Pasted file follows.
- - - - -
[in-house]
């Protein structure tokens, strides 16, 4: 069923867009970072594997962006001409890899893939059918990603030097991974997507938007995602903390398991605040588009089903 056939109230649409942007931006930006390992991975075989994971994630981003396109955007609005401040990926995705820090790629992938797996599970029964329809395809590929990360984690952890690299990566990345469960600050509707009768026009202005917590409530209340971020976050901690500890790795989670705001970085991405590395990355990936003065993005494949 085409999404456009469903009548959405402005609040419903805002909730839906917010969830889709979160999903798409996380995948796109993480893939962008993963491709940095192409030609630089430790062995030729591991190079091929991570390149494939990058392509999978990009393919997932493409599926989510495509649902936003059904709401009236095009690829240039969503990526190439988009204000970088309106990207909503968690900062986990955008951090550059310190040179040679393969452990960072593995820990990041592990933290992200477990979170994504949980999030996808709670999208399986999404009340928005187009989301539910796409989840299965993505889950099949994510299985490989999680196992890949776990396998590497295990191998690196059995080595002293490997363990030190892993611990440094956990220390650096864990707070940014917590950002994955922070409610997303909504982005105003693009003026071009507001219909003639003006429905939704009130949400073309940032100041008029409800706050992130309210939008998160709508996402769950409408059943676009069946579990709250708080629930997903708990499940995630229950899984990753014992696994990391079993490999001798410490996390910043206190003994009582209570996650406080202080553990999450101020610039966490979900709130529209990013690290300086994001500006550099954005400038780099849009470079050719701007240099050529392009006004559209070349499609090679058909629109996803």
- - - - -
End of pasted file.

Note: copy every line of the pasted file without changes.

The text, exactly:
[in-house]
């Protein structure tokens, strides 16, 4: 069923867009970072594997962006001409890899893939059918990603030097991974997507938007995602903390398991605040588009089903 056939109230649409942007931006930006390992991975075989994971994630981003396109955007609005401040990926995705820090790629992938797996599970029964329809395809590929990360984690952890690299990566990345469960600050509707009768026009202005917590409530209340971020976050901690500890790795989670705001970085991405590395990355990936003065993005494949 085409999404456009469903009548959405402005609040419903805002909730839906917010969830889709979160999903798409996380995948796109993480893939962008993963491709940095192409030609630089430790062995030729591991190079091929991570390149494939990058392509999978990009393919997932493409599926989510495509649902936003059904709401009236095009690829240039969503990526190439988009204000970088309106990207909503968690900062986990955008951090550059310190040179040679393969452990960072593995820990990041592990933290992200477990979170994504949980999030996808709670999208399986999404009340928005187009989301539910796409989840299965993505889950099949994510299985490989999680196992890949776990396998590497295990191998690196059995080595002293490997363990030190892993611990440094956990220390650096864990707070940014917590950002994955922070409610997303909504982005105003693009003026071009507001219909003639003006429905939704009130949400073309940032100041008029409800706050992130309210939008998160709508996402769950409408059943676009069946579990709250708080629930997903708990499940995630229950899984990753014992696994990391079993490999001798410490996390910043206190003994009582209570996650406080202080553990999450101020610039966490979900709130529209990013690290300086994001500006550099954005400038780099849009470079050719701007240099050529392009006004559209070349499609090679058909629109996803």